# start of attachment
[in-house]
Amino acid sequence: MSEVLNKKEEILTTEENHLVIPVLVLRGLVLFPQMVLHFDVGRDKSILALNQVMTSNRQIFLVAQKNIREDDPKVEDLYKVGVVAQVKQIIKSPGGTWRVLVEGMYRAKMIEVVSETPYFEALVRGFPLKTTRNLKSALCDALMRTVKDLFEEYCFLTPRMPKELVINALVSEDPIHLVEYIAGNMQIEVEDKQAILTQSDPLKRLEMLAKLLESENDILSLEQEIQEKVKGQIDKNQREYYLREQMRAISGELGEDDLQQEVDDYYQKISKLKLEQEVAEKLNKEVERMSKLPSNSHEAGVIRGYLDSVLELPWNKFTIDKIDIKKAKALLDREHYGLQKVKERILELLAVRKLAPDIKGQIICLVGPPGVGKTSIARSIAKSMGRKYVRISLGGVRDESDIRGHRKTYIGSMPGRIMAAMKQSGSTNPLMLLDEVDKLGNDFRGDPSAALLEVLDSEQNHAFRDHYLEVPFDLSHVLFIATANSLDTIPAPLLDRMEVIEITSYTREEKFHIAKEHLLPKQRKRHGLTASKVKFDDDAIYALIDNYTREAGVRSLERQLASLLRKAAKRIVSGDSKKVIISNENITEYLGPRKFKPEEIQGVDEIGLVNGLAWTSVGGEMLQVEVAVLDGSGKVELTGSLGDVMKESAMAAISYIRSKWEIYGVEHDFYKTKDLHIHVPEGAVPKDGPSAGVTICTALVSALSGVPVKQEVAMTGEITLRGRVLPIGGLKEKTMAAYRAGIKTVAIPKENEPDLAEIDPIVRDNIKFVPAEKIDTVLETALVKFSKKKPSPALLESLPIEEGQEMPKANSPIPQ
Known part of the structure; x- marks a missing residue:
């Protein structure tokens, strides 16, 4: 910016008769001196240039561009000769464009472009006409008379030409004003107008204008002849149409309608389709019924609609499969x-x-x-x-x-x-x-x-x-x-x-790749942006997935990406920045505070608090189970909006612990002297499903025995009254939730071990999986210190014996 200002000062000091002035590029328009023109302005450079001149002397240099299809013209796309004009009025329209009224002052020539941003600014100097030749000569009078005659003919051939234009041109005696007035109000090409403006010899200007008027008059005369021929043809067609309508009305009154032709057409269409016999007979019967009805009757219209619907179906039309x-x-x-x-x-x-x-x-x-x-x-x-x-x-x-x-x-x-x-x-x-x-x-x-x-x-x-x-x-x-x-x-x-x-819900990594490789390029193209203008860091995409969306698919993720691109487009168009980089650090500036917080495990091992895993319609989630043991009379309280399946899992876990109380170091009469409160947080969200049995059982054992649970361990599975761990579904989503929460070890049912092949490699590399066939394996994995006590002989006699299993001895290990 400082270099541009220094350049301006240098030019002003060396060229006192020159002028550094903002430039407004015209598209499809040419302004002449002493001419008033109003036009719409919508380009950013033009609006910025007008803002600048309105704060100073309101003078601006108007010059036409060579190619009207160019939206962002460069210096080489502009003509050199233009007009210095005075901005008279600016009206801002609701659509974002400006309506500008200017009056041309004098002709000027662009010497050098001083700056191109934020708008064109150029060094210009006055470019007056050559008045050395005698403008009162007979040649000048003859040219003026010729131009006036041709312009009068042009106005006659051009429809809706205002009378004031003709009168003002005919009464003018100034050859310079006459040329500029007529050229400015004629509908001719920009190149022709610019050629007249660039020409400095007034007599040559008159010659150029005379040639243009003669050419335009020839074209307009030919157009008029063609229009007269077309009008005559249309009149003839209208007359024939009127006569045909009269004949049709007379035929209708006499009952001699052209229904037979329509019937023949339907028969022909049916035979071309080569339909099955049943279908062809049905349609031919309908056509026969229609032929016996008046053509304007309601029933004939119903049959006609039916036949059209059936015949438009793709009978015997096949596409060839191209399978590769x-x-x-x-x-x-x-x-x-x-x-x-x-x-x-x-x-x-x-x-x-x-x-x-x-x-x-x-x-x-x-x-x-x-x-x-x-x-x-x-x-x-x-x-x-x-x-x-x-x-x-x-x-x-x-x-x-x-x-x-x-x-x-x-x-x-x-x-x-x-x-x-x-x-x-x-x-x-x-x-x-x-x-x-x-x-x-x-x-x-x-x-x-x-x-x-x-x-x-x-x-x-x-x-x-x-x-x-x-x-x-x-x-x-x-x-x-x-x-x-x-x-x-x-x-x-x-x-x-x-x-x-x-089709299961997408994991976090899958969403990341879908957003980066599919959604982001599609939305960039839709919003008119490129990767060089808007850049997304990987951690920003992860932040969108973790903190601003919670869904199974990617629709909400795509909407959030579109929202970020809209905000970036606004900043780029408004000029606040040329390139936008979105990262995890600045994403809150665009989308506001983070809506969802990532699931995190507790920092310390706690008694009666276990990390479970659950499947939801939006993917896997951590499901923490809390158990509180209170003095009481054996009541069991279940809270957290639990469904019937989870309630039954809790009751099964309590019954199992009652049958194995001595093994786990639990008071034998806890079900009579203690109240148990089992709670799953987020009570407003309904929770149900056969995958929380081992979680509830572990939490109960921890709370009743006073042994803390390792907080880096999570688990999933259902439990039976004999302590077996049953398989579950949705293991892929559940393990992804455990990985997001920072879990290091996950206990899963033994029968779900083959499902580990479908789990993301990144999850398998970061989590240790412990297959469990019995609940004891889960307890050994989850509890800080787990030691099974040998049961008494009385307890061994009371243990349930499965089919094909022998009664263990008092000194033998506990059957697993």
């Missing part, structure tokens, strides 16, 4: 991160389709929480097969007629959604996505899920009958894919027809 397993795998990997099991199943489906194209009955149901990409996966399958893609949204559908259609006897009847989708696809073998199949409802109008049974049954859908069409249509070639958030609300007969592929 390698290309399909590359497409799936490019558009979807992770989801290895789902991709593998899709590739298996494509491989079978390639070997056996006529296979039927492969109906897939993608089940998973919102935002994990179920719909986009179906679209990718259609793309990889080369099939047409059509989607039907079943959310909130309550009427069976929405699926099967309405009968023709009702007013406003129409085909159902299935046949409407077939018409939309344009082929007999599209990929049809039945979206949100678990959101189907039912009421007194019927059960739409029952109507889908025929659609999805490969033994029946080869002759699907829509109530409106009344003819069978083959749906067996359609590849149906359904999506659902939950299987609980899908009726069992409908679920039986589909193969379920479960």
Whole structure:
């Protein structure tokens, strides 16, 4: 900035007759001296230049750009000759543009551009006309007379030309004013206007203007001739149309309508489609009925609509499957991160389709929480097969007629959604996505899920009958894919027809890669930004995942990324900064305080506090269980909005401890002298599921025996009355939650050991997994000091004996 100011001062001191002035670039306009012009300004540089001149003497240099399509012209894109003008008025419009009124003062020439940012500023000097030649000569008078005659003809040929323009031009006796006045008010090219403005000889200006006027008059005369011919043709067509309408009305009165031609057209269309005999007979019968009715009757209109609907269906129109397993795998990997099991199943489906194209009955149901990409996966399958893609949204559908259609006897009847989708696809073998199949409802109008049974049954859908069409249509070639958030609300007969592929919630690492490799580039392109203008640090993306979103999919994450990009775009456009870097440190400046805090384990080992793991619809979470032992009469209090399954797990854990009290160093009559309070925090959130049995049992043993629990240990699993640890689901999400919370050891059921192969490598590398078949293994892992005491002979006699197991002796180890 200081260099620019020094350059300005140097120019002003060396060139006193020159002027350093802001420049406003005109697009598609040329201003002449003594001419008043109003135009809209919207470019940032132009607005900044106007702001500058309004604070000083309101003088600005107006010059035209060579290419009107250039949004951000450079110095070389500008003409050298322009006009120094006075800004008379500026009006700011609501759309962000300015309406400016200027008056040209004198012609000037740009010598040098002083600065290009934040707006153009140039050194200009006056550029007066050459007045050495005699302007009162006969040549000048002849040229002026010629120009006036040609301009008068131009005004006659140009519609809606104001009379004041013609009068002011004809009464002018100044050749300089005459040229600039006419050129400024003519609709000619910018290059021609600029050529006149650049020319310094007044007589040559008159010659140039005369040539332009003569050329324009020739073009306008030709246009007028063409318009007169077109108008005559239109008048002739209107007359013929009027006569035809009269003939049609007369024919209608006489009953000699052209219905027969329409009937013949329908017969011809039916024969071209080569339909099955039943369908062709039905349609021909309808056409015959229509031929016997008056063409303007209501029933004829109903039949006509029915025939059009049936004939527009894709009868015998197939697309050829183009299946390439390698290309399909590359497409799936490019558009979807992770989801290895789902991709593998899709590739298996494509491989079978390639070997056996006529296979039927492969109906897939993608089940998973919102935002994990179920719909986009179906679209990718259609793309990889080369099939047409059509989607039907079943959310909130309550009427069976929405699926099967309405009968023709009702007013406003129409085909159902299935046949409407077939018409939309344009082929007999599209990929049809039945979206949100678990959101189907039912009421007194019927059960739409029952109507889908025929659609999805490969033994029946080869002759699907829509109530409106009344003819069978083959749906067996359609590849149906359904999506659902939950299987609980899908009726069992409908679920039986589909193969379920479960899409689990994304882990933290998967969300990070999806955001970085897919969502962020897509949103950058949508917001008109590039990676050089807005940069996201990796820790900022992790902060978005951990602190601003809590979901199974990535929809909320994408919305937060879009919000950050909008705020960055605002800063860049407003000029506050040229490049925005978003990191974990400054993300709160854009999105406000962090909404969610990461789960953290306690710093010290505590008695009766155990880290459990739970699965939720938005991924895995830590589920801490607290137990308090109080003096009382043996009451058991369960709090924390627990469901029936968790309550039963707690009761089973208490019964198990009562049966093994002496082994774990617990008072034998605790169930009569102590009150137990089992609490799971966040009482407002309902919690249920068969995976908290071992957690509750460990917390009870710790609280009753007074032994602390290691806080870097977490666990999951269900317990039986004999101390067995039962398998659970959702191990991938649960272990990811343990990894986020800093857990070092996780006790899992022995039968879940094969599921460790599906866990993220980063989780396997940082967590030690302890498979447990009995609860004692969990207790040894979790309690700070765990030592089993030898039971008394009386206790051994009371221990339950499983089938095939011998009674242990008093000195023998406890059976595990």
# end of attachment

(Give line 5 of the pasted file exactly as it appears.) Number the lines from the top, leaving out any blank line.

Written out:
């Missing part, structure tokens, strides 16, 4: 991160389709929480097969007629959604996505899920009958894919027809 397993795998990997099991199943489906194209009955149901990409996966399958893609949204559908259609006897009847989708696809073998199949409802109008049974049954859908069409249509070639958030609300007969592929 390698290309399909590359497409799936490019558009979807992770989801290895789902991709593998899709590739298996494509491989079978390639070997056996006529296979039927492969109906897939993608089940998973919102935002994990179920719909986009179906679209990718259609793309990889080369099939047409059509989607039907079943959310909130309550009427069976929405699926099967309405009968023709009702007013406003129409085909159902299935046949409407077939018409939309344009082929007999599209990929049809039945979206949100678990959101189907039912009421007194019927059960739409029952109507889908025929659609999805490969033994029946080869002759699907829509109530409106009344003819069978083959749906067996359609590849149906359904999506659902939950299987609980899908009726069992409908679920039986589909193969379920479960």